5 defensible. The adequacy of your moral intuitions must be demonstrated with reason and evidence, not simply assumed Part II: Comparing Arguments Many of the paper assignments ask you to compare arguments or texts. The crucial first step in conducting a comparative analysis is to make clear that the comparison isn t random: you must establish the reason for the comparison, also known as the grounds for comparison first by demonstrating the appropriateness of the pairing (that there is a way in which the two texts really do speak to each other), and second by demonstrating a conflict, problem, or question that arises out of looking at these two particular texts together (in other words, that they do not simply say the same thing you should be analyzing crucial differences of similar sources, or unexpected commonalties of different sources). See the box ( To Be or Not To Be ) for an example of a comparative argument that lacks a grounds for comparison. Many of the paper assignments for the course suggest the grounds for the comparison for you by posing questions that are meant to guide your comparison. Consider, for instance, the following essay prompt: Compare Ivan s moral arguments with those of Job. How are their problems similar? How are they different? What is the role of suffering for each? How does God s response address Job s arguments? Are Ivan s arguments addressed effectively by Dostoevsky? Here the prompt suggests the grounds for your comparative analysis by directing your attention to the issue of suffering. You are being asked, in other words, to compare the two moral arguments with respect to their treatments of suffering. The thesis of a comparative analysis should in some way address the relationship between the two texts. The thesis should, however, avoid the compare-contrast see-saw in which you argue that your two texts are the same but different that claim can be made about almost any related pairing of texts, and so is not an argument (who would disagree?). You should be analyzing the conflict or tension between the two texts or bring a question or problem articulated in one text to bear on the other. Keep in mind, too, that the most interesting and successful theses set up arguments that acknowledge counterargument and allow for complication (see Part III below). Part II A Guide to Writing in Ethical Reasoning 15 page 3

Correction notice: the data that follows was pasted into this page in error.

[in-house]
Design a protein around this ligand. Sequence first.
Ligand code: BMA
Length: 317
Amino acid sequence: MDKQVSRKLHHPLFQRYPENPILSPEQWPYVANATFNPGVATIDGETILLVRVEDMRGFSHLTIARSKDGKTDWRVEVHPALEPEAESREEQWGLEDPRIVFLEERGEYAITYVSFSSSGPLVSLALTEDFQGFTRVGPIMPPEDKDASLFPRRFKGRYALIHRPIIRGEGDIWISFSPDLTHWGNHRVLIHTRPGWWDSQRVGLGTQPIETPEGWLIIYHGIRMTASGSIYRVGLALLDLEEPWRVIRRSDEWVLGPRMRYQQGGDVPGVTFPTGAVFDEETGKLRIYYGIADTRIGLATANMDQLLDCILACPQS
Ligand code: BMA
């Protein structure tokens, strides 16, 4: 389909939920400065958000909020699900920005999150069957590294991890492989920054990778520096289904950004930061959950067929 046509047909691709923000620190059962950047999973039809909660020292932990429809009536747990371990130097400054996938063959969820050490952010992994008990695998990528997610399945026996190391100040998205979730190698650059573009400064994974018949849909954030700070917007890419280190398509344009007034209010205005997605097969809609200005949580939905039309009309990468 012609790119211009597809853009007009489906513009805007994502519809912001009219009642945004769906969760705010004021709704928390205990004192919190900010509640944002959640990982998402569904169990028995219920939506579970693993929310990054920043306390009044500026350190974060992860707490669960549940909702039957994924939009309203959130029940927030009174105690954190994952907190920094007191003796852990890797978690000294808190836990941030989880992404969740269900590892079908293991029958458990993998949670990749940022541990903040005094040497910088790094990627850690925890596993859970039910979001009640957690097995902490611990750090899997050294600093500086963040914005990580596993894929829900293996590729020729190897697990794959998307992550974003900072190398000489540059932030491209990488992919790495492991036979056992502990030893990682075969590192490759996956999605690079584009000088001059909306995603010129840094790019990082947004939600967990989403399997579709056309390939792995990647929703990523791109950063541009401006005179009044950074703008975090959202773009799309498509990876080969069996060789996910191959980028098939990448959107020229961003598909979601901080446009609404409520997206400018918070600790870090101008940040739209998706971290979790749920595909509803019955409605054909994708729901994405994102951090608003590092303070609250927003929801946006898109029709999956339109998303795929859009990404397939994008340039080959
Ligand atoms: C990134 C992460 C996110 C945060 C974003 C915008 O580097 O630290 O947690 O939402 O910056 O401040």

6 Part III: Counterargument Part III A counterargument is a claim that contradicts or is in tension with your thesis or with part of your argument. Counterarguments play an important role both in your writing and in your thought process. In your writing, addressing counterarguments persuasively demonstrates that you have thought through your argument with care, are aware of potential problems, and are able to address them. A paper that ignores counterarguments, shouldering its way to its conclusion, indifferent to potential problems or alternative possibilities, often comes across as intellectually careless. In your thought process, counterarguments help to point out the weaknesses in your position or features that you had not considered, often helping you to see the problem you are addressing from a new perspective and to respond to it with greater intellectual creativity and insight. Whether or not they find their way into your papers, counterarguments are a constant presence in the thinking/writing process. From: The Harvard Lampoon. Vol. 185, no. 1 (March 1995). Adam E. Rosen, Harvard '95. To Be or Not to Be A Comparison of Romeo and Juliet and Hamlet Romeo and Juliet and Hamlet are two of Shakespeare's greatest plays. Moreover, they are similar in a number of ways. However, in a number of ways, they are different. And yet on some level, they are similar in a number of ways. Let us examine this further. Both of these plays feature an abundance of characters. A quick glance at Hamlet's Dramatis Personae shows fully fourteen different characters -- and a closer look reveals three more. Romeo and Juliet goes even farther, weighing in at no less than twenty-three different characters. Significantly, both plays feature a number of characters who say things and a handful who do nothing. Another striking similarity is the preponderance of implausible names: "Polonius", "Benvolio", and "Reynaldo" are all quite absurd, and I for one have never met anyone named "Gertrude." It seems clear that Shakespeare intended these fanciful names to evoke certain fragments of meaning. For example, Hamlet's name recalls the phrase "If you're not going to eat that ham, let your sister have some," while "Fortinbras" clearly implies "Hello, I am an eccentric old woman; I am looking for tin bras." [ ] page 4